One such apostolic commissioning was that of Todd Bentley. In the ceremony, Bentley was blessed by the leading apostles in Charismatic movement like C. Peter Wagner who presided over Bentley’s apostolic alignment ceremony with the apostles Che Ahn, Rick Joyner, John Arnott, and Bill Johnson (also Chuck Pierce Fed-Exed his special revival oil for anointing Bentley).You can watch his commissioning in full online: part onepart twopart three, and part four. Not long after his apostolic alignment, Bentley was exposed as an adulterer, a liar, and an occasional drunkard.

Yet the model for church leadership prescribed in the New Testament is bishops and deacons, not apostles. The Bible speaks of pastors, elders, bishops or overseers which all refer to the same office. For example, there is: “the office of a bishop” [Gr. episkopē]” (1 Timothy 3:1); “elders” [Gr. presbyteros] (1 Timothy 5:1, 2, 17, 19; Titus 1:5; Acts 14:23; 20:17; 21:18; 1 Peter 5:1); “pastors” [Gr. poimēn] (Ephesians 4:11; Hebrews 13:20; 1 Peter 2:25); “bishops” or “overseers” [Gr. episkopos] (Acts 20:28; Philippians 1:1; 1 Timothy 3:2; Titus 1:7; 1 Peter 2:25). There is evidence in the New Testament to demonstrate that all of these terms are synonymous for the same office:

  1. First, bishop and overseer refer to the same Greek word (Acts 20:28; Philippians 1:1; 1 Timothy 3:2; Titus 1:7; 1 Peter 2:25).
  2. Secondly, Peter uses the word for pastor/shepherd synonymously with the word for bishop/overseer: “For ye were as sheep going astray; but are now returned unto the Shepherd and Bishop of your souls” (1 Peter 2:25).
  3. Third, Peter describes the elders as those fulfilling the role of a shepherd/pastor and overseer when he says, “The elders who are among you I exhort, I who am a fellow elder and a witness of the sufferings of Christ, and also a partaker of the glory that will be revealed: Shepherd the flock of God which is among you, serving as overseers, not by compulsion but willingly, not for dishonest gain but eagerly” (1 Peter 5:1,2, NKJV).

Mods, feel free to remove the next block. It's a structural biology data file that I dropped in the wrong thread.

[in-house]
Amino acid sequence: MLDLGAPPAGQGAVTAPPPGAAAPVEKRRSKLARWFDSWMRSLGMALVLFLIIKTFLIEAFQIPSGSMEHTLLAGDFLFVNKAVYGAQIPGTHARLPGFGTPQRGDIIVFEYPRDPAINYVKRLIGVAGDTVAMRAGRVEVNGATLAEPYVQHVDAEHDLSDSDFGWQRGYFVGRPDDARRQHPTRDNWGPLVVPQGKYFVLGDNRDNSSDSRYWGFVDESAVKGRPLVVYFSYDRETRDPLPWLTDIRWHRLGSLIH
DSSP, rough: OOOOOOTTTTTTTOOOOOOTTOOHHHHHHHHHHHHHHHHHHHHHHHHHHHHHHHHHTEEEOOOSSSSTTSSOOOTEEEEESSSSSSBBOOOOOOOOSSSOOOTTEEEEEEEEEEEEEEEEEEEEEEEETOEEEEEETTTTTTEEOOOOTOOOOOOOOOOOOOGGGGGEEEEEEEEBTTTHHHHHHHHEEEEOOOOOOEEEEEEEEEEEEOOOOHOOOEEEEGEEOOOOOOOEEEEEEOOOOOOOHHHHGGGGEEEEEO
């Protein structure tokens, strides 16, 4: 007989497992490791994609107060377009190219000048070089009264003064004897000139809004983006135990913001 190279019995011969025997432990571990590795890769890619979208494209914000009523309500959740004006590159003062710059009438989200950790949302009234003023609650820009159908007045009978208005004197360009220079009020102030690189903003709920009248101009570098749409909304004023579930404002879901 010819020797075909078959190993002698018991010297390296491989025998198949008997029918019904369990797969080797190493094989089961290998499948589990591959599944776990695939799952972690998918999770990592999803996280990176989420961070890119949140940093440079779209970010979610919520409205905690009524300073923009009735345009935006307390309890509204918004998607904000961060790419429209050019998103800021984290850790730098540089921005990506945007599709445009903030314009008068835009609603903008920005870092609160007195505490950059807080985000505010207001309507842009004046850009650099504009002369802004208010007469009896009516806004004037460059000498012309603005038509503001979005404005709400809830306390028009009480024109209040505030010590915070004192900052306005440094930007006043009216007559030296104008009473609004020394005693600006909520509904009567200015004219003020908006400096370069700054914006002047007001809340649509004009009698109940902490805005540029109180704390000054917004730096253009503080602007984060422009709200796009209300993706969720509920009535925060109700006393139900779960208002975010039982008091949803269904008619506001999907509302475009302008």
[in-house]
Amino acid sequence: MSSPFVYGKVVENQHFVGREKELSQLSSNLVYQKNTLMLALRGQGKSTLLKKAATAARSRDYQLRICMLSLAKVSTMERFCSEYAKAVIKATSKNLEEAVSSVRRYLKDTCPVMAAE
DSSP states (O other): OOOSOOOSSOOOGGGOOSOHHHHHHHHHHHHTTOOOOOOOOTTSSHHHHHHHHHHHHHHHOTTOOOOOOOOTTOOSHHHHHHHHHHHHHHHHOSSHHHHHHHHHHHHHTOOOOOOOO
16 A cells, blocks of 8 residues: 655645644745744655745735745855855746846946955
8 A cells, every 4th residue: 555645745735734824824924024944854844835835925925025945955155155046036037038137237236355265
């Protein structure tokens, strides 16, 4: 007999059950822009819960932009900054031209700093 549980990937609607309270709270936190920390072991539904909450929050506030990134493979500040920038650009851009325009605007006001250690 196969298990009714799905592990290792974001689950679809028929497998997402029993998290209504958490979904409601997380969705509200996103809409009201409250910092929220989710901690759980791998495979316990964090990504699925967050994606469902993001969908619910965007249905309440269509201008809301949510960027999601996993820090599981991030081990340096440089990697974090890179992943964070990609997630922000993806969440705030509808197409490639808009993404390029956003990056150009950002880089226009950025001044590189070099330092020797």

4. Fourth, Paul uses the terms “elder” and “bishop” interchangeably: “For this cause left I thee in Crete, that thou shouldest set in order the things that are wanting, and ordain elders in every city, as I had appointed thee: . . . For a bishop must be blameless, as the steward of God; not self-willed, not soon angry, not given to wine, no striker, not given to filthy lucre” (Titus 1:5, 7).
  5. Fifth, consider Paul’s encouragements to the Ephesian elders: “And from Miletus he sent to Ephesus, and called the elders of the church. . . . Take heed therefore unto yourselves, and to all the flock, over the which the Holy Ghost hath made you overseers, to feed the church of God, which he hath purchased with his own blood” (Acts 20:28). Elders and overseers refer to the same office which is characterized by feeding the flock, i.e., shepherding or pastoring.

Thus, the apostles instituted that a plurality of elders and deacons should lead the church. The qualifications of the elders and deacons is found in the pastoral epistles (1 Timothy 3:1-13; Titus 1:5-9). Moreover, the concept of commissioning apostles is totally unbiblical. No qualifications are given in the Scriptures for later apostles, and no biblical instructions exist for ordaining (or “commissioning”) apostles!

(5) A closed canon of Scripture goes hand-in-hand with a closure of the apostolate.